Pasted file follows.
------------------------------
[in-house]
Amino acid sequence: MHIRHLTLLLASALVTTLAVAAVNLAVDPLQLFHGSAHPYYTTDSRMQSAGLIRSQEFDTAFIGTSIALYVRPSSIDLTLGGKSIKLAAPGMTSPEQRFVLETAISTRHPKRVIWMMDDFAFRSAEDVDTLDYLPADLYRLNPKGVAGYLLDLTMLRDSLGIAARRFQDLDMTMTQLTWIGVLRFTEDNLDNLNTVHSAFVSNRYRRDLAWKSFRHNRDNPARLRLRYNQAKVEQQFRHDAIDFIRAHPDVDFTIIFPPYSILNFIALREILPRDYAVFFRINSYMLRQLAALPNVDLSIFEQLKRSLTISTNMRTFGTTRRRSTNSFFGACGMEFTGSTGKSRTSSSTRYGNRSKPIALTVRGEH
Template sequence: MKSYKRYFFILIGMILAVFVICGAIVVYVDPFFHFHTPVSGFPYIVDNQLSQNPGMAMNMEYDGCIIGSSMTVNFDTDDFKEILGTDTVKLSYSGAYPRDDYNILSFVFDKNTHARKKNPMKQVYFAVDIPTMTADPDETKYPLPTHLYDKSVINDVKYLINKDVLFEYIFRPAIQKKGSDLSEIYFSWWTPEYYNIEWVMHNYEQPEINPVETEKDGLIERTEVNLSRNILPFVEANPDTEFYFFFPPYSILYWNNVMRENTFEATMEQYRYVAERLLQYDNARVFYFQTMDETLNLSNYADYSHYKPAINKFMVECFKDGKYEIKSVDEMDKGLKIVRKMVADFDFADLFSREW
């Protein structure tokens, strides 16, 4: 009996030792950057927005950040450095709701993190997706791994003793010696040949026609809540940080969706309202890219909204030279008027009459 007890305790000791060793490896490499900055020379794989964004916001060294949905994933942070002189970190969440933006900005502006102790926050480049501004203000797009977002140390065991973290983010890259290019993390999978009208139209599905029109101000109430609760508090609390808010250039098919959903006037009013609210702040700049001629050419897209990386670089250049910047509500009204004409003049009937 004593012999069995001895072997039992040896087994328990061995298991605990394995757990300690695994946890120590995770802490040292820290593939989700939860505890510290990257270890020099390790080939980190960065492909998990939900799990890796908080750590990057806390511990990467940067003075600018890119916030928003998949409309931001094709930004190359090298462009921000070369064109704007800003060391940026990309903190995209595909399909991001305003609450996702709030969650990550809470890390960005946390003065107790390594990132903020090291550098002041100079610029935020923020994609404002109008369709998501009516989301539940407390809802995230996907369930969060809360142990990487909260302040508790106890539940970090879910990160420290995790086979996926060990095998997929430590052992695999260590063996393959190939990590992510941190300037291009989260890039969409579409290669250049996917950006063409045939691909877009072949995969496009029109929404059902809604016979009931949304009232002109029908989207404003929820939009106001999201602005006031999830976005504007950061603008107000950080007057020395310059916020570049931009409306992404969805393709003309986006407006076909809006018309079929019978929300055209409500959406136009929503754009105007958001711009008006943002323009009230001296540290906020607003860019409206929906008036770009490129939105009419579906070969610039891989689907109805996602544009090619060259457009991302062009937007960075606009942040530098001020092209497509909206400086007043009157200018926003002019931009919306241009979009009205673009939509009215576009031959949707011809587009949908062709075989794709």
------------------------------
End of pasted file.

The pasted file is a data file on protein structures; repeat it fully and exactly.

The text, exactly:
[in-house]
Amino acid sequence: MHIRHLTLLLASALVTTLAVAAVNLAVDPLQLFHGSAHPYYTTDSRMQSAGLIRSQEFDTAFIGTSIALYVRPSSIDLTLGGKSIKLAAPGMTSPEQRFVLETAISTRHPKRVIWMMDDFAFRSAEDVDTLDYLPADLYRLNPKGVAGYLLDLTMLRDSLGIAARRFQDLDMTMTQLTWIGVLRFTEDNLDNLNTVHSAFVSNRYRRDLAWKSFRHNRDNPARLRLRYNQAKVEQQFRHDAIDFIRAHPDVDFTIIFPPYSILNFIALREILPRDYAVFFRINSYMLRQLAALPNVDLSIFEQLKRSLTISTNMRTFGTTRRRSTNSFFGACGMEFTGSTGKSRTSSSTRYGNRSKPIALTVRGEH
Template sequence: MKSYKRYFFILIGMILAVFVICGAIVVYVDPFFHFHTPVSGFPYIVDNQLSQNPGMAMNMEYDGCIIGSSMTVNFDTDDFKEILGTDTVKLSYSGAYPRDDYNILSFVFDKNTHARKKNPMKQVYFAVDIPTMTADPDETKYPLPTHLYDKSVINDVKYLINKDVLFEYIFRPAIQKKGSDLSEIYFSWWTPEYYNIEWVMHNYEQPEINPVETEKDGLIERTEVNLSRNILPFVEANPDTEFYFFFPPYSILYWNNVMRENTFEATMEQYRYVAERLLQYDNARVFYFQTMDETLNLSNYADYSHYKPAINKFMVECFKDGKYEIKSVDEMDKGLKIVRKMVADFDFADLFSREW
């Protein structure tokens, strides 16, 4: 009996030792950057927005950040450095709701993190997706791994003793010696040949026609809540940080969706309202890219909204030279008027009459 007890305790000791060793490896490499900055020379794989964004916001060294949905994933942070002189970190969440933006900005502006102790926050480049501004203000797009977002140390065991973290983010890259290019993390999978009208139209599905029109101000109430609760508090609390808010250039098919959903006037009013609210702040700049001629050419897209990386670089250049910047509500009204004409003049009937 004593012999069995001895072997039992040896087994328990061995298991605990394995757990300690695994946890120590995770802490040292820290593939989700939860505890510290990257270890020099390790080939980190960065492909998990939900799990890796908080750590990057806390511990990467940067003075600018890119916030928003998949409309931001094709930004190359090298462009921000070369064109704007800003060391940026990309903190995209595909399909991001305003609450996702709030969650990550809470890390960005946390003065107790390594990132903020090291550098002041100079610029935020923020994609404002109008369709998501009516989301539940407390809802995230996907369930969060809360142990990487909260302040508790106890539940970090879910990160420290995790086979996926060990095998997929430590052992695999260590063996393959190939990590992510941190300037291009989260890039969409579409290669250049996917950006063409045939691909877009072949995969496009029109929404059902809604016979009931949304009232002109029908989207404003929820939009106001999201602005006031999830976005504007950061603008107000950080007057020395310059916020570049931009409306992404969805393709003309986006407006076909809006018309079929019978929300055209409500959406136009929503754009105007958001711009008006943002323009009230001296540290906020607003860019409206929906008036770009490129939105009419579906070969610039891989689907109805996602544009090619060259457009991302062009937007960075606009942040530098001020092209497509909206400086007043009157200018926003002019931009919306241009979009009205673009939509009215576009031959949707011809587009949908062709075989794709």